On August 23, 2007, DCRA issued a Notice of Infraction to petitioner, alleging that he had engaged in business without a basic business license with a general services and repair license endorsement for (1) home improvement contractor or (2) home improvement salesperson. The Notice of Infraction lists the date of infraction for both alleged violations as February 9, 2006. Petitioner denied the infractions. An Administrative Law Judge (“ALJ”) held a hearing and then issued a Final Order holding petitioner liable for two counts of violating D.C.Code § 47-2851.02(a) for “selling home improvement repair services to Ms. Nolan and performing such repairs at the property without being licensed.” Petitioner filed a timely petition for review.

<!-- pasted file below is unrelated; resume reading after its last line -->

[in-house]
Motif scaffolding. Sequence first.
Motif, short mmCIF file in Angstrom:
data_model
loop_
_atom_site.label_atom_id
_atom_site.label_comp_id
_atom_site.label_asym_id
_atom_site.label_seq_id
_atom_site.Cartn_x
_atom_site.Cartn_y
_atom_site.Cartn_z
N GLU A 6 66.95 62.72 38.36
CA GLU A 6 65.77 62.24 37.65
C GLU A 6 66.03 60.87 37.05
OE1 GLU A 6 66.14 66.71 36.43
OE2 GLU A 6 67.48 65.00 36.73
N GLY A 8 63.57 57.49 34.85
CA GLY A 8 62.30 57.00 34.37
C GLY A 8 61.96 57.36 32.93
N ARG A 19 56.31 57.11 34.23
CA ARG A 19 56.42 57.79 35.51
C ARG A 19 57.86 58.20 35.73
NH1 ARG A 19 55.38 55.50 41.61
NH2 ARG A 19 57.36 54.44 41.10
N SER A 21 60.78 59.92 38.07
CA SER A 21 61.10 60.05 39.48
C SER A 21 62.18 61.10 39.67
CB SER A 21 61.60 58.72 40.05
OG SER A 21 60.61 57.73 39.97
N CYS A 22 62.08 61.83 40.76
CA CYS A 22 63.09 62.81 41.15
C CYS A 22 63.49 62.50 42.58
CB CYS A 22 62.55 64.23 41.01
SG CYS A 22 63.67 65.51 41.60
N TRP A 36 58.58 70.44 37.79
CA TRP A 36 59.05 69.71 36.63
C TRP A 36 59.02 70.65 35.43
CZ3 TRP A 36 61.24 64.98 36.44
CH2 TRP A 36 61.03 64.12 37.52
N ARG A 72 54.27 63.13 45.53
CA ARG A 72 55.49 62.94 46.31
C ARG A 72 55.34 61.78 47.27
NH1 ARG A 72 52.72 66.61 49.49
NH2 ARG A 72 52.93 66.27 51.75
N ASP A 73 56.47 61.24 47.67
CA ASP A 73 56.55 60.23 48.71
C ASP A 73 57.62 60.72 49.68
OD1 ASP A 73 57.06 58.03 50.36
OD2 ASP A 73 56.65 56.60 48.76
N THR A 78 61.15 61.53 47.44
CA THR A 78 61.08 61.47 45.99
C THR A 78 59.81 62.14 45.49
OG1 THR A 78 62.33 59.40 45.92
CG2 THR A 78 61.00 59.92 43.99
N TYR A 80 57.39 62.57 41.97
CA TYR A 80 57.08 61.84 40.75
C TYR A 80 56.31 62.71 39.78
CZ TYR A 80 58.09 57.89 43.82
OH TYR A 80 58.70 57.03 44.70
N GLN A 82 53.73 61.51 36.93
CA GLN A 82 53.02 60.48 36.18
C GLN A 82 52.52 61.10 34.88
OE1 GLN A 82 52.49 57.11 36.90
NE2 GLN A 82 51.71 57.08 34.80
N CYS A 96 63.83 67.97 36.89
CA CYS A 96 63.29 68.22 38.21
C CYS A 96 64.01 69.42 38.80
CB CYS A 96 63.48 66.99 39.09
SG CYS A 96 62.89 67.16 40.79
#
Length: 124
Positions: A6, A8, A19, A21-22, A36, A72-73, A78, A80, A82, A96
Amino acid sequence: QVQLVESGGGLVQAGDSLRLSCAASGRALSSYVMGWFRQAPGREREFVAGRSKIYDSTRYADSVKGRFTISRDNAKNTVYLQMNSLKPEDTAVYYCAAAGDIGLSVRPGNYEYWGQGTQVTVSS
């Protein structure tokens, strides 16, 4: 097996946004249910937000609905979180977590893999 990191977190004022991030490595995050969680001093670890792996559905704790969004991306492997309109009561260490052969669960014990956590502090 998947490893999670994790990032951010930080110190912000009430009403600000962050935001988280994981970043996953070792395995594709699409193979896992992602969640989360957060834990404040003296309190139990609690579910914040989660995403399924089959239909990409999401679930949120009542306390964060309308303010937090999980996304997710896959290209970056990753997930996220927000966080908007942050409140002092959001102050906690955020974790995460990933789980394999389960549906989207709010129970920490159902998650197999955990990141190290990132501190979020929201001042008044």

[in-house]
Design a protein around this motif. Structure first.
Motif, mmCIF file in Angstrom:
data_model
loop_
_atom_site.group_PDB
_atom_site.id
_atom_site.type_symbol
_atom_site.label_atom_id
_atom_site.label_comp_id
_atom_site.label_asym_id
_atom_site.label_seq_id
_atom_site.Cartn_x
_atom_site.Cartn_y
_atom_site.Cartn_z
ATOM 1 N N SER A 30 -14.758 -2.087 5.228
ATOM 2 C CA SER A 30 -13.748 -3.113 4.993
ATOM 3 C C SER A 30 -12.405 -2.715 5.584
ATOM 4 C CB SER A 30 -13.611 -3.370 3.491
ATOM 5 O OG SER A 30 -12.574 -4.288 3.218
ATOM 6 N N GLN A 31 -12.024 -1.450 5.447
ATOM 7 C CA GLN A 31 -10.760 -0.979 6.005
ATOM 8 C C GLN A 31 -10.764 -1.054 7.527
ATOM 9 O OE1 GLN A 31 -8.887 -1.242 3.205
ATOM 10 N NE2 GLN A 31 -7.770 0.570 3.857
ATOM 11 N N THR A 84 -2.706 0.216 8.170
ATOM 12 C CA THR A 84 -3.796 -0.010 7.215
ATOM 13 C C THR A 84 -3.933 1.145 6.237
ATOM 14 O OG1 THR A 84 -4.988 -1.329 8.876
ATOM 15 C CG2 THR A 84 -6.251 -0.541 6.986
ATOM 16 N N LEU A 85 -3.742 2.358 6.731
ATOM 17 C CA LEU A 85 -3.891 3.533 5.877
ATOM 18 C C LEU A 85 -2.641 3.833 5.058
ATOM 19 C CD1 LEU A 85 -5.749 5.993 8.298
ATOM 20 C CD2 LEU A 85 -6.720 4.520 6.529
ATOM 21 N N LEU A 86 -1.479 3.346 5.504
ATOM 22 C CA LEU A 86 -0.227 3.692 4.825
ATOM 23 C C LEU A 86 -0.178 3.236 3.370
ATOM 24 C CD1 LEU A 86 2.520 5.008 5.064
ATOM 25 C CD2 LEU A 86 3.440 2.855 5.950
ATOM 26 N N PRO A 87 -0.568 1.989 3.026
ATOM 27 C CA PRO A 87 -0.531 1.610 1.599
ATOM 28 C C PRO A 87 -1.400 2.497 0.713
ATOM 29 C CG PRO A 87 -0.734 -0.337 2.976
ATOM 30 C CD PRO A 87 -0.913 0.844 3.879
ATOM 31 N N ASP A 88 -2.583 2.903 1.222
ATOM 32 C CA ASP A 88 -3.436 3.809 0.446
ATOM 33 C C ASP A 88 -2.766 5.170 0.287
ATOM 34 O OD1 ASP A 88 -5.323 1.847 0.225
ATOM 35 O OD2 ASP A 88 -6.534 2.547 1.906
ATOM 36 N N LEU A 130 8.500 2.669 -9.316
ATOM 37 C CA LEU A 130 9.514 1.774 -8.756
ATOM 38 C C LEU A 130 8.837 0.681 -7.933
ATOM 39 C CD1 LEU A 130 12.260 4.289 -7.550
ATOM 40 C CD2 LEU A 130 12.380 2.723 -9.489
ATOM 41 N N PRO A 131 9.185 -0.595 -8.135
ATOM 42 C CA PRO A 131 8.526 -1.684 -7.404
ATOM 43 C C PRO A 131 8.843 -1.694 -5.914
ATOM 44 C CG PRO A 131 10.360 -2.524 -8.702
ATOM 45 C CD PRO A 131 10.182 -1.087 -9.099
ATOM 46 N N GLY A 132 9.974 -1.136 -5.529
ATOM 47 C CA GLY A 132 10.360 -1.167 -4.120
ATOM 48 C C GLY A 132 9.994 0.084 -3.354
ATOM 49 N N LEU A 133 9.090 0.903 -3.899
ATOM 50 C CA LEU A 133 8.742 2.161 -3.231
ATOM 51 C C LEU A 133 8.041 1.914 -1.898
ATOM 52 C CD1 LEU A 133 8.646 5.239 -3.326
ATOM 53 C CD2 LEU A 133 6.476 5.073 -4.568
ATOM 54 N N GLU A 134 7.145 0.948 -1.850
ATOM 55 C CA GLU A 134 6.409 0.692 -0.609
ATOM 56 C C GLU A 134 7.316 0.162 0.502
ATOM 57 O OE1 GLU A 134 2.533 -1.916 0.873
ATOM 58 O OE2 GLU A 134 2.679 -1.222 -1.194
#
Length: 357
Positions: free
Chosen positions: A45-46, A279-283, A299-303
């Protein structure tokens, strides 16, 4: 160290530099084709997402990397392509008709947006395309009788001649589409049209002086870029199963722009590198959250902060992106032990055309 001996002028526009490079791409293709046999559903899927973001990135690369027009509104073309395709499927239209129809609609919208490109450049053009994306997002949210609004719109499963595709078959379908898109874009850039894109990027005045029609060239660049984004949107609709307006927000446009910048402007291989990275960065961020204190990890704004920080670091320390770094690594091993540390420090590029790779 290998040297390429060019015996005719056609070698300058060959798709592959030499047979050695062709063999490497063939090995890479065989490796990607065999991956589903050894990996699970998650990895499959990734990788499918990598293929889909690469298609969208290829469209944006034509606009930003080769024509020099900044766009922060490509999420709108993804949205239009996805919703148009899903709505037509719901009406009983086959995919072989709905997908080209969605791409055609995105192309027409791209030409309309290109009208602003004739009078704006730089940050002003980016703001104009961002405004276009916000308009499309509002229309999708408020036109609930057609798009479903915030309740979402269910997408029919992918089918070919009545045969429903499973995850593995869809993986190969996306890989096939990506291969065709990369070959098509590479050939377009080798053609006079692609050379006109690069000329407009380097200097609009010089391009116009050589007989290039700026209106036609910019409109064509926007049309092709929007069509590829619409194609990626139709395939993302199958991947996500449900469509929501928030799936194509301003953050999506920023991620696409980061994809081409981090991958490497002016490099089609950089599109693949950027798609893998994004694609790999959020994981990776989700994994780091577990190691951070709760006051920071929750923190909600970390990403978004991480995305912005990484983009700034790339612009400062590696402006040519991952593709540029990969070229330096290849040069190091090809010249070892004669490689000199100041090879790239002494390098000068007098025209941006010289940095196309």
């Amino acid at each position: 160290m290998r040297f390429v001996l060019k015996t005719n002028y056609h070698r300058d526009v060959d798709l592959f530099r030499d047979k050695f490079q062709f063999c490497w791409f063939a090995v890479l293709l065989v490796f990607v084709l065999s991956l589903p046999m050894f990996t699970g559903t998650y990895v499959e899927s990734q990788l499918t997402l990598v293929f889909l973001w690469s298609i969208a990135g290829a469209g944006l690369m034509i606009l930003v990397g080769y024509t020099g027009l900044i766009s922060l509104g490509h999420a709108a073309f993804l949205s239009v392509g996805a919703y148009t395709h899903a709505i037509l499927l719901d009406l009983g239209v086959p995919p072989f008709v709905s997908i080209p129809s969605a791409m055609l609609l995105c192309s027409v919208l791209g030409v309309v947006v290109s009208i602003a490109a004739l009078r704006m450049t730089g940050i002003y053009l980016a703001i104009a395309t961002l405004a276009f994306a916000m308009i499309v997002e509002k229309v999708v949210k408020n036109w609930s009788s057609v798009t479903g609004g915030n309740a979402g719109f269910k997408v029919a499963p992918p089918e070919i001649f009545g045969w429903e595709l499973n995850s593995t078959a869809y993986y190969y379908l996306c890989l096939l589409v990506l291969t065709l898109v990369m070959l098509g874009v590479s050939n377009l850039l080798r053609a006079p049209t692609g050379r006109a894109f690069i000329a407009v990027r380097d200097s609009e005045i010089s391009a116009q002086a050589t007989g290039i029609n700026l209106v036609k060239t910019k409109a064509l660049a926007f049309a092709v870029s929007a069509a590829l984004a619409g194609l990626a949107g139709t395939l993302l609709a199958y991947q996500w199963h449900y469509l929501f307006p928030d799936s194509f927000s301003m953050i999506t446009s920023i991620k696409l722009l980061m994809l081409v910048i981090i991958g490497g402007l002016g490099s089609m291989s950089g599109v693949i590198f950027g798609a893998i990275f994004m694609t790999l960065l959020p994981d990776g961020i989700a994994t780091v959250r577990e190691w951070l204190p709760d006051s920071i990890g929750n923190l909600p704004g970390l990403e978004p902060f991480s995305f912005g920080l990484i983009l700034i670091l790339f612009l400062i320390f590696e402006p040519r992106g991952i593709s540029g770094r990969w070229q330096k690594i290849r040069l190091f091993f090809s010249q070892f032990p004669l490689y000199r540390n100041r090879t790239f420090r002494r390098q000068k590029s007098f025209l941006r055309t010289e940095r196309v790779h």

This court must affirm an agency's final order when (1) the agency has made findings of fact on each contested material issue of fact, (2) substantial evidence supports each finding, and (3) the agency's conclusions flow rationally from its findings of fact. District of Columbia Dep't of Employment Servs. v. Vilche, 934 A.2d 356, 360 (D.C.2007) (citing Rodriguez v. Filene's Basement Inc., 905 A.2d 177, 180 (D.C.2006)). Substantial evidence means “more than a mere scintilla”; it is “such relevant evidence as a reasonable mind might accept as adequate to support a conclusion.” Baumgartner v. Police & Firemen's Ret. & Relief Bd., 527 A.2d 313, 316 (D.C.1987) (quoting Consolidated Edison Co. v. NLRB, 305 U.S. 197, 229, 59 S.Ct. 206, 83 L.Ed. 126 (1938)).